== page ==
History has it that Olivia Shakespear was the companion of better remembered men, but she was rather more than that. She was a writer, and though she found little success this novella tells me that she had things to say and that, in all probability, she was a very interesting woman.
‘Beauty’s Hour’ was first published in a magazine named ‘The Savoy’; a short lived periodical that was established in the wake of the success of ‘The Yellow Book.’ It didn’t see the light of day again until it was republished by Valancourt Books a year or so ago.
It tells the Mary Gower, a young woman who is intelligent, articulate, and charming; but who knows that she will never marry, that she will have to make her own way in the world. Because she is plain, maybe even ugly. And so she lodges with the lady who had been her governess and she has found employment as the companion to two bright young women who have the good fortune to be both bright and pretty.
They are noticed often, but Mary is noticed never.
She tries to accept that, she tells herself she if lucky to have a comfortable home, a good friend, reliable employment …. but it is hard when she falls in love with the brother of her two young ladies and she knows that he would never even think of her as anyone who might be loved, who might be married.
Her dearest wish is that she could be beautiful, and one night, as she looks into her mirror it seems that she might.
“I only shook my head; and fell to looking into my own eyes again, with the yearning, stronger than it had ever been before, rising like a passion into my face. Then something unforeseen happened: Miss Whateley, standing behind me, saw it; and I saw it myself as in a dream. My reflected face grew blurred, and then faded out; and from the mist there grew a new face, of wonderful beauty; the face of my desire. It looked at me from the glass, and when I tried to speak, its lips moved too ….
…. My voice was the same; but when I glanced down at my body, I saw that it also had undergone transformation. It struck me, in the midst of my immense surprise, as being curious that I should not be afraid. No explanation of the miracle offered itself to me; none seemed necessary: an effort of will had conquered the power of my material conditions, and I controlled them; my body fitted to my soul at last.”
When she wakes the next morning she finds that her beauty has gone, but then she finds that she can will it back again. She decides that she will venture out into the world as a new woman – as the Mary Hatherley – so that she can learn how different life is for those who are beautiful, and maybe find a way to make people understand that a woman can have other attributes that are as important – more important – than beauty.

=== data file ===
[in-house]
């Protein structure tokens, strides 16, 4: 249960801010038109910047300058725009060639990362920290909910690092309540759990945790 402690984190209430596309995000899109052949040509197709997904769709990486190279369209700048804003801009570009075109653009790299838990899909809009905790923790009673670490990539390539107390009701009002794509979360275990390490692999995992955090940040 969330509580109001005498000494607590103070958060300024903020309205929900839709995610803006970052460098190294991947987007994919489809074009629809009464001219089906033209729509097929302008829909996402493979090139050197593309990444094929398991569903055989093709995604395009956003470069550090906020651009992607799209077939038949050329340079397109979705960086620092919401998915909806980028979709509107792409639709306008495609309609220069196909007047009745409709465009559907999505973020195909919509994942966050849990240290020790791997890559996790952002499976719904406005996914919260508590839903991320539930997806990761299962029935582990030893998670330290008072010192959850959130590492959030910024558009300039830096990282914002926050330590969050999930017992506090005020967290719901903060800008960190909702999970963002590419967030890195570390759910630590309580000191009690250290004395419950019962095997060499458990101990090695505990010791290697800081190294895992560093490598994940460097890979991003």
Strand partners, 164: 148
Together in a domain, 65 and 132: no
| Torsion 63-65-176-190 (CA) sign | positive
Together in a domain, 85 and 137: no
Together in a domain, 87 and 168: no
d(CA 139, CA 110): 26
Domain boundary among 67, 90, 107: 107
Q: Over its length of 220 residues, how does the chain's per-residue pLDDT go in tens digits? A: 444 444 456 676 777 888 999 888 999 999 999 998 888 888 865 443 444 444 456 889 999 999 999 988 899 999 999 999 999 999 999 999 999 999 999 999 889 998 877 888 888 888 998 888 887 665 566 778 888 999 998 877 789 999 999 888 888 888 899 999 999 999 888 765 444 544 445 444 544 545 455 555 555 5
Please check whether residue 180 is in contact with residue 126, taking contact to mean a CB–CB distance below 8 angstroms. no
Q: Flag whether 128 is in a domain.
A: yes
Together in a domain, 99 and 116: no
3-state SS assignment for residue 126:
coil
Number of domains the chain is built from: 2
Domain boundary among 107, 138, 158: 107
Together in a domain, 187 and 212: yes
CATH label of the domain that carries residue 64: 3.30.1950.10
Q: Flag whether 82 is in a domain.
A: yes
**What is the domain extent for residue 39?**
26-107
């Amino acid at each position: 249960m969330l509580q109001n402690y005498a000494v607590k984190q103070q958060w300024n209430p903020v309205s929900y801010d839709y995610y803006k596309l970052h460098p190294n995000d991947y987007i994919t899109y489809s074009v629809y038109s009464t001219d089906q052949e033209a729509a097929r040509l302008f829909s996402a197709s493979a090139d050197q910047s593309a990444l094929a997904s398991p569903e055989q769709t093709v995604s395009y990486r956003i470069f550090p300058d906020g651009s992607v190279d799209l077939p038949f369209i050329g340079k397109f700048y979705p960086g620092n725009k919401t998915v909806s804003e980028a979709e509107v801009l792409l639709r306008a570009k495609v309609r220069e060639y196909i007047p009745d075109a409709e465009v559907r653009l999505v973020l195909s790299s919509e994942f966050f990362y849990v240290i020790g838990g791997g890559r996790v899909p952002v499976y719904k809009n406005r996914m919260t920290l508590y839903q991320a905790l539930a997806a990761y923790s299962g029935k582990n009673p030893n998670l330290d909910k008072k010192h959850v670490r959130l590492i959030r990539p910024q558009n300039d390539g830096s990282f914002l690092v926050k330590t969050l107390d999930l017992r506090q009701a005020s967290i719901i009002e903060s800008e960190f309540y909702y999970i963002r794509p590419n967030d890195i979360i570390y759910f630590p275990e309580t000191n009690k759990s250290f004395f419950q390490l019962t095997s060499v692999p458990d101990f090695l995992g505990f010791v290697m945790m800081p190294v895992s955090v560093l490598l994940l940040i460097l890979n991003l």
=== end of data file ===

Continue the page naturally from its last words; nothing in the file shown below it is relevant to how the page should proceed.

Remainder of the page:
Mary Hatherley held the attention of everyone she met, and she was a wonderful success in society. How could she be anything else, with her beauty and with Mary Gower’s wisdom, wit and interest? The man she loved fell in love with her, but try as she would she could not make him understand what really was important, and she realised that he had fallen in love not with her but with her beauty.
“A woman must be good,” he said reflectively. “Only a plain woman,” said I. “Who has been behaving ill now?” “I was generalizing; or, to be frank, I was thinking of Bella Sturgis.” “So am I. You surely don’t expect her to possess all the virtues, and that face?” “To be sure, the face is enough,” answered he; and sat staring full at me, but thinking, as I knew, of Bella Sturgis. “Does she amuse you?” I asked. “Amuse me?” said Gerald. “I’m sure I can’t say. One doesn’t think about being amused when one is with her.” “She just exists, and that’s enough,” I suggested.”
And worse that that, Mary realised that her success had caused – and would cause – a great deal of harm to others.
“Yet I was more wretched than I had ever been when I was only Mary Gower. I grew to hate the other Mary’s beautiful face; her smile; the gracious turn of her head; her shapely hands. I grew to hate all this with a passionate intensity that frightened me. I seemed to have realized Mary Hatherley in a strange, objective way, as distinct from myself. She was the woman Gerald Harman loved; she was the woman I should have been, and was not; and then came a heart-stricken moment when I knew she was the woman who had done both Gerald and another a wrong that might never be undone.”
She made a momentous decision.
But was that decision hers to make?
Would her transformation have consequences that she had not foreseen?
This is not a ‘lost classic’, Olivia Shakespear was not a great prose stylist, and her characters have no great depth; but this is a wonderfully readable book and I had to keep turning that pages to find out what would happen.
Mary was such an engaging heroine, and I would have loved to have known her. I understood her situation and her feelings, and I appreciated what she was trying to do.
The plot is well constructed, and the story moves along at a good pace. It makes its points well, and though some of them might feel obvious they were points that were definitely worth making clearly. It was fantastical, but there was enough truth in the characters and the situations to make it feel real and to make me believe that it might have happened.
And the suspense, the atmosphere, was perfect.
7 thoughts on “Beauty’s Hour by Olivia Shakespear (1896)”
Great review and another new one for me to explore! Thanks a ton Jane!
This sounds so interesting and a clever little fable.
Great post Jane – I’ve never heard of author or book, but both sound very intriguing.
Thank you for you’re review. I’m going to look for this one.
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